Authors Alan Axelrod and Jim Holtje have compiled 201 ways to say "no" in different situations and to different types of people - colleagues and co-workers, salespeople, clients and customers, your boss, your subordinates, and job seekers. You can say "no" to extra work, nuisance tasks, unreasonable demands, bad ideas, and misguided sales pitches. The book offers some good ideas, although its approach is scatter-shot and somewhat superficial. Most of the ideas are based on common sense approaches to turning people down, such as suggesting alternatives, providing explanations, being diplomatic, and being firm if that’s appropriate. You may have to be patient to ferret out the ideas that apply to your needs, but they’re in here somewhere. getAbstract recommends this book to junior employees, who are most likely to want to say "no," and to those who feel imposed upon because they can’t say no.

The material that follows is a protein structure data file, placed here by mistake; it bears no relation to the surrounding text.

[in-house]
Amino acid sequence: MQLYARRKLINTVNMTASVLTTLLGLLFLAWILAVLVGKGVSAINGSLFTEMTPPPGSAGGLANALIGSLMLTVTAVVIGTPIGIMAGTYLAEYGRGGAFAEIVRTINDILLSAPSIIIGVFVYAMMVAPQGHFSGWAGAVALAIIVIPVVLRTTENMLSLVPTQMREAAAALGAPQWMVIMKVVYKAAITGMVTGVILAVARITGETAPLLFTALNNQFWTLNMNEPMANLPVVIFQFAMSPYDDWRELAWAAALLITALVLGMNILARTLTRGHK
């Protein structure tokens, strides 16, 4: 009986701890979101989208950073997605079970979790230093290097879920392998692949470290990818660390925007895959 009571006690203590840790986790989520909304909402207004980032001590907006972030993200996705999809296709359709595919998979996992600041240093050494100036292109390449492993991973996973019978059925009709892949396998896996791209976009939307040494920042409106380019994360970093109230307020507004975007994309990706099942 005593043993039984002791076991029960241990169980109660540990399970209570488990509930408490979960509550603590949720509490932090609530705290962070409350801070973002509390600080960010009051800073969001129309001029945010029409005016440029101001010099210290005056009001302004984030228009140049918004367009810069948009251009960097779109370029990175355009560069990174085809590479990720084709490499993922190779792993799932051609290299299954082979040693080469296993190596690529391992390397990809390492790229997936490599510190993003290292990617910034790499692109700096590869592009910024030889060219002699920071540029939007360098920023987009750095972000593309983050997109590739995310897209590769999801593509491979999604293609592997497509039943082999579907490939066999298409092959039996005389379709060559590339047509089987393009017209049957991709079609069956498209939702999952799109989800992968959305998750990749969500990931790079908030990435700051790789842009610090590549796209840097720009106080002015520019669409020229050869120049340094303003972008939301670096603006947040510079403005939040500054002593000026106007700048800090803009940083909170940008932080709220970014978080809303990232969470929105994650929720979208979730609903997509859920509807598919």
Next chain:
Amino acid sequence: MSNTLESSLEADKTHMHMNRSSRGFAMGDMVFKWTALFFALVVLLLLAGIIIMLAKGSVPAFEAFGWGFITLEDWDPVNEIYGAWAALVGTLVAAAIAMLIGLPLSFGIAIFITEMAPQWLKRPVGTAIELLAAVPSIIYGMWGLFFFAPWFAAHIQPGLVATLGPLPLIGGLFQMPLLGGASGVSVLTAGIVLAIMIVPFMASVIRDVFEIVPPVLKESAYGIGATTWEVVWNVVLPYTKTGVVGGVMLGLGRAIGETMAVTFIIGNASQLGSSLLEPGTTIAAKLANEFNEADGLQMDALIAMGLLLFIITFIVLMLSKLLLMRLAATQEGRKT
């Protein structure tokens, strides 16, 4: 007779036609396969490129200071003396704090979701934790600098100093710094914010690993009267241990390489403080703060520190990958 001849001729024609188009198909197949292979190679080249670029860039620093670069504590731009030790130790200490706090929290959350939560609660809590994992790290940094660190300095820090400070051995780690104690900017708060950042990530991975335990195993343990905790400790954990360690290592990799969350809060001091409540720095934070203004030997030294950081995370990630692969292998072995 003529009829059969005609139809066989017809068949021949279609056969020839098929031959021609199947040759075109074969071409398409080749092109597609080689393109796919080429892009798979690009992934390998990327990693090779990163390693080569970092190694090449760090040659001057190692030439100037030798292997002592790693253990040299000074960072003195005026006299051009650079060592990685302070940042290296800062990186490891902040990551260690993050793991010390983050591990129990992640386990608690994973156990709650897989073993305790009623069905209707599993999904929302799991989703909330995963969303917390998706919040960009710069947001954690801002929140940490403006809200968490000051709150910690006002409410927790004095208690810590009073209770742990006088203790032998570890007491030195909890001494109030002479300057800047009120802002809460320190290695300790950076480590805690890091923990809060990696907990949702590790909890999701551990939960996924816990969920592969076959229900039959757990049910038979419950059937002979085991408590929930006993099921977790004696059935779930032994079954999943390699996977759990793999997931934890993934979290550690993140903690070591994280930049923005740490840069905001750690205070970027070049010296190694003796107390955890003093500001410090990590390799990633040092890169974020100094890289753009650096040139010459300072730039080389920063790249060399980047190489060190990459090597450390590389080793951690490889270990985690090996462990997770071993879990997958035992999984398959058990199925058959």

In this summary, you will learn
- Why it’s sometimes preferable to look for compromises before saying “no”;
- Why you don’t need an excuse to say “no”; and
- Why you have the option of saying “no” to time-wasters, naysayers and bullies.
About the Authors
Alan Axelrod has produced a wide range of popular business and communication books. Jim Holtje is the Director of International Client services for a Washington, D.C. corporate communications and public relations management-consulting firm.
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Comment on this summary
1 year agoIt’s a good idea to explain why you are saying in the different occasion